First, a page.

A CHOICE OF MURDER

A closer look at Timoleon of Syracuse—most fortunate in virtue of all Plutarch's heroes—in a first US publication for this prolific British author. The great crisis in Timo's life comes early, when he confronts his casually contemptuous older brother Timophanes, a bold warrior who's become known as the Despot of Corinth. Though Timo had once saved Timophanes' life in the heat of battle—a bit of heroism for which he'd received neither reward nor acknowledgment—he kills Timophanes when he refuses to forswear his tyranny. Spurned by his mother and the state, Timo is sent into a 20-year exile—then abruptly besought by a mission in rebellion against Hicetas, leader of the Leontine forces occupying Syracuse. With the help of such trusted advisors as Apelles, leader of the rebellion, and Theodotos, a savagely misanthropic cynic he'd met during his exile, Timo goes from strength to strength, repulsing the Leontines, purging Syracuse of mercenaries, and finally pushing on to a great victory over the Carthaginians at Crimesus. But all his successes, from his reputation as the Liberator of Syracuse to his extraordinary acclaim in the defeat of Carthage, remain strangely static and distant here—even Vansittart's big set-piece, the battle at Crimesus, glides by like a massive frieze—until the aging, revered Timo lapses imperceptibly into the reverie of disintegration that his civic virtue has been portending from the beginning. ``The craft of survival is in endlessly surprising oneself,'' says Timo—a remark worthy of Plutarch's own sententiousness, and indicative of Vansittart's concentrated, enigmatic, and elegantly cumulative portrait.

Pub Date: Jan. 16, 1993

ISBN: 0-7206-0832-5

Page Count: 216

Publisher: N/A

Review Posted Online: May 20, 2010

Kirkus Reviews Issue: Nov. 1, 1992

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The phrase “tour de force” could have been invented for this audacious novel.

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A LITTLE LIFE

Four men who meet as college roommates move to New York and spend the next three decades gaining renown in their professions—as an architect, painter, actor and lawyer—and struggling with demons in their intertwined personal lives.

Yanagihara (The People in the Trees, 2013) takes the still-bold leap of writing about characters who don’t share her background; in addition to being male, JB is African-American, Malcolm has a black father and white mother, Willem is white, and “Jude’s race was undetermined”—deserted at birth, he was raised in a monastery and had an unspeakably traumatic childhood that’s revealed slowly over the course of the book. Two of them are gay, one straight and one bisexual. There isn’t a single significant female character, and for a long novel, there isn’t much plot. There aren’t even many markers of what’s happening in the outside world; Jude moves to a loft in SoHo as a young man, but we don’t see the neighborhood change from gritty artists’ enclave to glitzy tourist destination. What we get instead is an intensely interior look at the friends’ psyches and relationships, and it’s utterly enthralling. The four men think about work and creativity and success and failure; they cook for each other, compete with each other and jostle for each other’s affection. JB bases his entire artistic career on painting portraits of his friends, while Malcolm takes care of them by designing their apartments and houses. When Jude, as an adult, is adopted by his favorite Harvard law professor, his friends join him for Thanksgiving in Cambridge every year. And when Willem becomes a movie star, they all bask in his glow. Eventually, the tone darkens and the story narrows to focus on Jude as the pain of his past cuts deep into his carefully constructed life.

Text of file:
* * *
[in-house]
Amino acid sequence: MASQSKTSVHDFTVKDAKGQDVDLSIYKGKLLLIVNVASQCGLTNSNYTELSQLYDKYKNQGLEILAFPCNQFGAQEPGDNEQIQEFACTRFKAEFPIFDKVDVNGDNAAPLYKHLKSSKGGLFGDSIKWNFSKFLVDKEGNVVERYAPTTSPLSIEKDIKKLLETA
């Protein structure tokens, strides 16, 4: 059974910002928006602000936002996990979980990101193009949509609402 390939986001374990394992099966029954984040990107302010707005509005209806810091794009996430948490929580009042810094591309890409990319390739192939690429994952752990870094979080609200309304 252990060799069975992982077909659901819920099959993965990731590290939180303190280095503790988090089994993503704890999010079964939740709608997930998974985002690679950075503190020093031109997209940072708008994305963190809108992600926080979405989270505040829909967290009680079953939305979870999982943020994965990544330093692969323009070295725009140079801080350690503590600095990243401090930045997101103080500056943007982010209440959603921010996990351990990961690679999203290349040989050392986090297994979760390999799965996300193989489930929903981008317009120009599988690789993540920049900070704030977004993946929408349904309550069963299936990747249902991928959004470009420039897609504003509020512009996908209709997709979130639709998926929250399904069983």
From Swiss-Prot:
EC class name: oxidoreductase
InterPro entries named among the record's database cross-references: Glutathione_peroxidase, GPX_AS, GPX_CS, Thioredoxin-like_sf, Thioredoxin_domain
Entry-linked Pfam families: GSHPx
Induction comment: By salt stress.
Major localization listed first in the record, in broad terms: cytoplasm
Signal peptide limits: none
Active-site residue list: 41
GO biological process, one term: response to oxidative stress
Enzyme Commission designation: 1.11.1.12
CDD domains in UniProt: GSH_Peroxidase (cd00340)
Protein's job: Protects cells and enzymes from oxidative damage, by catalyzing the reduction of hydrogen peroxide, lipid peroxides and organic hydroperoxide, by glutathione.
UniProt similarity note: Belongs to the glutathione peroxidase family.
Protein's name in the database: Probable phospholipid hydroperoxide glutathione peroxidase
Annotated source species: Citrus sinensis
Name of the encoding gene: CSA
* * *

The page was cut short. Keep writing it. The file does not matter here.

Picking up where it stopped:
The phrase “tour de force” could have been invented for this audacious novel.

Pub Date: March 10, 2015

ISBN: 978-0-385-53925-8

Page Count: 720

Publisher: Doubleday

Review Posted Online: Dec. 22, 2014

Kirkus Reviews Issue: Jan. 1, 2015

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More about grief and tragedy than romance.

FRIENDS FOREVER

Five friends meet on their first day of kindergarten at the exclusive Atwood School and remain lifelong friends through tragedy and triumph.

When Gabby, Billy, Izzie, Andy and Sean meet in the toy kitchen of the kindergarten classroom on their first day of school, no one can know how strong the group’s friendship will remain. Despite their different personalities and interests, the five grow up together and become even closer as they come into their own talents and life paths. But tragedy will strike and strike again. Family troubles, abusive parents, drugs, alcohol, stress, grief and even random bad luck will put pressure on each of them individually and as a group. Known for her emotional romances, Steel makes a bit of a departure with this effort that follows a group of friends through young adulthood. But even as one tragedy after another befalls the friends, the impact of the events is blunted by a distant narrative style that lacks emotional intensity. 

More about grief and tragedy than romance.

Pub Date: July 24, 2012

ISBN: 978-0-385-34321-3

Page Count: 322

Publisher: Delacorte

Review Posted Online: Nov. 14, 2012

Kirkus Reviews Issue: Dec. 1, 2012

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